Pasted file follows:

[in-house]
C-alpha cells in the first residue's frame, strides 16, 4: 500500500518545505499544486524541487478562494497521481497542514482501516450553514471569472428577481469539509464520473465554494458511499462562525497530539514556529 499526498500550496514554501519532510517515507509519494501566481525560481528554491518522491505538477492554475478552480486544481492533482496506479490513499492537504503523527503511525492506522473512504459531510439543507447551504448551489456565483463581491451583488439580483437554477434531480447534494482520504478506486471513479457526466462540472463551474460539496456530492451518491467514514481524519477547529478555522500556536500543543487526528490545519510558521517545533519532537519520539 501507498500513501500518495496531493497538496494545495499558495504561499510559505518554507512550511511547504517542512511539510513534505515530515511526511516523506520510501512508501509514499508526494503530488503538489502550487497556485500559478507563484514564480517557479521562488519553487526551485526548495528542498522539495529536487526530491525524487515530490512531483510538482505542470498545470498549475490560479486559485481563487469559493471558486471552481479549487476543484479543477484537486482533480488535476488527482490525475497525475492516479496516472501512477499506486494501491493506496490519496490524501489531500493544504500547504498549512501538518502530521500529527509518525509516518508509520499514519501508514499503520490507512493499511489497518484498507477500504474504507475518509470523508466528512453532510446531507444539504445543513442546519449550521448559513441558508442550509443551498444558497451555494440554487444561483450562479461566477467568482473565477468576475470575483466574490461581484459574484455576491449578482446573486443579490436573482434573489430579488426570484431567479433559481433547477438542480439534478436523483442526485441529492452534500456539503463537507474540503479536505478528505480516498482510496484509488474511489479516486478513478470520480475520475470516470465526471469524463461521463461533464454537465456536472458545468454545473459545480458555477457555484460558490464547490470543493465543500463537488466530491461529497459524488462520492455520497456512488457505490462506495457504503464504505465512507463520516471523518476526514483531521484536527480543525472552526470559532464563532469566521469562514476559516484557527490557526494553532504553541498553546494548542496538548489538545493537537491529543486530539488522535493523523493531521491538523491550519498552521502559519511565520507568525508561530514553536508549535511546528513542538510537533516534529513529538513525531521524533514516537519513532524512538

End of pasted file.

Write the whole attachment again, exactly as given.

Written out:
[in-house]
C-alpha cells in the first residue's frame, strides 16, 4: 500500500518545505499544486524541487478562494497521481497542514482501516450553514471569472428577481469539509464520473465554494458511499462562525497530539514556529 499526498500550496514554501519532510517515507509519494501566481525560481528554491518522491505538477492554475478552480486544481492533482496506479490513499492537504503523527503511525492506522473512504459531510439543507447551504448551489456565483463581491451583488439580483437554477434531480447534494482520504478506486471513479457526466462540472463551474460539496456530492451518491467514514481524519477547529478555522500556536500543543487526528490545519510558521517545533519532537519520539 501507498500513501500518495496531493497538496494545495499558495504561499510559505518554507512550511511547504517542512511539510513534505515530515511526511516523506520510501512508501509514499508526494503530488503538489502550487497556485500559478507563484514564480517557479521562488519553487526551485526548495528542498522539495529536487526530491525524487515530490512531483510538482505542470498545470498549475490560479486559485481563487469559493471558486471552481479549487476543484479543477484537486482533480488535476488527482490525475497525475492516479496516472501512477499506486494501491493506496490519496490524501489531500493544504500547504498549512501538518502530521500529527509518525509516518508509520499514519501508514499503520490507512493499511489497518484498507477500504474504507475518509470523508466528512453532510446531507444539504445543513442546519449550521448559513441558508442550509443551498444558497451555494440554487444561483450562479461566477467568482473565477468576475470575483466574490461581484459574484455576491449578482446573486443579490436573482434573489430579488426570484431567479433559481433547477438542480439534478436523483442526485441529492452534500456539503463537507474540503479536505478528505480516498482510496484509488474511489479516486478513478470520480475520475470516470465526471469524463461521463461533464454537465456536472458545468454545473459545480458555477457555484460558490464547490470543493465543500463537488466530491461529497459524488462520492455520497456512488457505490462506495457504503464504505465512507463520516471523518476526514483531521484536527480543525472552526470559532464563532469566521469562514476559516484557527490557526494553532504553541498553546494548542496538548489538545493537537491529543486530539488522535493523523493531521491538523491550519498552521502559519511565520507568525508561530514553536508549535511546528513542538510537533516534529513529538513525531521524533514516537519513532524512538